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New South African Laws Come Into Effect to Combat Terrorism Financing and Money-Laundering

The Department of Finance has announced the commencement of South Africa’s new General Laws (Anti-Money Laundering and Combating Terrorism Financing) Amendment Act.

The Anti-Money Laundering and Combating Terrorism Financing Amendment Act is an omnibus act aimed at amending various pieces of legislation to address deficiencies related to combatting money laundering and terrorism financing and bring South Africa into compliance with the global standards set by the Financial Action Task Force (FATF).

It is South Africa’s main response to the threat of greylisting by the FATF and was fast-tracked through parliament in a bid to avoid that outcome. The act was signed into law by the president on December 222nd.

The Act amends five pieces of legislation to satisfy the technical compliance deficiencies that were identified by the FATF. These technical compliance deficiencies represent one-half of the ‘exam’ South Africa must pass.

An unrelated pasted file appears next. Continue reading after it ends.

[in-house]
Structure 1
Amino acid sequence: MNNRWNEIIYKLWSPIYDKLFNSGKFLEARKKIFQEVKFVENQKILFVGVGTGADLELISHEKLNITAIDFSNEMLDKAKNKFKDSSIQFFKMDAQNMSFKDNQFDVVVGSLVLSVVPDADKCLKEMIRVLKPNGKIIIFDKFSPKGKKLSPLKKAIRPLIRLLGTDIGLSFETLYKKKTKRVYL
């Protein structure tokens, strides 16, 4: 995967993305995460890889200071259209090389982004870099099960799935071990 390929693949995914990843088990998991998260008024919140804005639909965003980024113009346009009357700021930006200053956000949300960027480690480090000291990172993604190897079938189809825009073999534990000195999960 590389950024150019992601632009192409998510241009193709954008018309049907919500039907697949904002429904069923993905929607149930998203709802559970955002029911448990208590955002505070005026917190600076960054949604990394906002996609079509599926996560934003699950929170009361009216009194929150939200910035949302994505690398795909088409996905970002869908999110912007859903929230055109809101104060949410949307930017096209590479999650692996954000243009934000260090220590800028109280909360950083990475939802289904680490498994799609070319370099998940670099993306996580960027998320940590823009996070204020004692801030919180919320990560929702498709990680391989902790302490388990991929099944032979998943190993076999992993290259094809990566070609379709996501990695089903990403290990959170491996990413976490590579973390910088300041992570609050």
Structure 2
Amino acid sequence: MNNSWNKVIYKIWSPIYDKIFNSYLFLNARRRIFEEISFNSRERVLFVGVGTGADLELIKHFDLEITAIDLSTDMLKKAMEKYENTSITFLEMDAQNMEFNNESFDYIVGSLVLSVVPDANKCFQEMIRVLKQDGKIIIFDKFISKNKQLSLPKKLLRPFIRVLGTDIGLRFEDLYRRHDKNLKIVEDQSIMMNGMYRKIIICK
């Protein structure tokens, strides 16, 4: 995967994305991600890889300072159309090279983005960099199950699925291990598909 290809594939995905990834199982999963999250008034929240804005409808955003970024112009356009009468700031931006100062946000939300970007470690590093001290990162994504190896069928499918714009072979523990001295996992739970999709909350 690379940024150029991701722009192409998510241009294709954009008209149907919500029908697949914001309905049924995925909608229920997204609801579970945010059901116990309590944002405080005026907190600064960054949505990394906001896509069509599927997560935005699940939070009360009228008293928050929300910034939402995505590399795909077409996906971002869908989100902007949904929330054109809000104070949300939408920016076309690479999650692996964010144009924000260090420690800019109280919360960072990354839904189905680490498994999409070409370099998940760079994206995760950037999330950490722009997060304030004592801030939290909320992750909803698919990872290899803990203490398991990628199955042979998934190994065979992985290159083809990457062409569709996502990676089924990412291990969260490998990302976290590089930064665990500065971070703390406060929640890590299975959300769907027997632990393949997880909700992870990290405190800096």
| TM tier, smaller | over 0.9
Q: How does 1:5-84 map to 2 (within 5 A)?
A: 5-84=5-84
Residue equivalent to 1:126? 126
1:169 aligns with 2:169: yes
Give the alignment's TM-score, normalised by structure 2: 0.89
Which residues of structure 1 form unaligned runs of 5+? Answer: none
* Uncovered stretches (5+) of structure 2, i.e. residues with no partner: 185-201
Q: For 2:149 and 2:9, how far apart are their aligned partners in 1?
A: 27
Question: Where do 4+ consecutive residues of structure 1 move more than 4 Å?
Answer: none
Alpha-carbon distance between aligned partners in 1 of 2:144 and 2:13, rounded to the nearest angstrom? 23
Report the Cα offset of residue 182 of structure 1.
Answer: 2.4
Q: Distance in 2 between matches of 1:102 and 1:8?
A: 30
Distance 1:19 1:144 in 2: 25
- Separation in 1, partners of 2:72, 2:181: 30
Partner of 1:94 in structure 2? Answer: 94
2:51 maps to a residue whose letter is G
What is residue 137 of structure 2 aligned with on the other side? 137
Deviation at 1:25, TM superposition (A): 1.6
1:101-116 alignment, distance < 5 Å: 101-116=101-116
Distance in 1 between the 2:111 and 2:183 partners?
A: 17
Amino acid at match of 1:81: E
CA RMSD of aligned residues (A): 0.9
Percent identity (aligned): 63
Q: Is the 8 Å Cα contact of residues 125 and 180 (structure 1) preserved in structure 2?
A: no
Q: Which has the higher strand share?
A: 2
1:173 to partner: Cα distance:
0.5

South Africa is a member of FATF, which in 2019, conducted a peer review and produced a Mutual Evaluation Report on the country’s implementation of FATF’s 40 recommendations against money laundering and terrorism financing. South Africa was rated poorly in the report as it was found to have not complied with 20 of the 40 FATF standards.

The bill amends five pieces of legislation:

  • The Companies Act;
  • Financial Intelligence Centre Act (FICA);
  • Financial Sector Regulation Act (FSRA);
  • Non-Profit Organisations Act; and
  • Trust Property Control Act.

It amends four of the abovementioned Acts (not the NPO Act) to include a definition of “beneficial owner”.

The act gives the executive arm of government unfettered powers to make regulations on access to information that is mainly private, particularly in respect of trusts. One of the main aims of the act is to provide for the disclosure of the beneficial owners and the ultimate controllers of trusts, companies and non-profit organisations (NPOs).

The FATF will decide in February 2023 whether or not South Africa has done enough to avoid the list.

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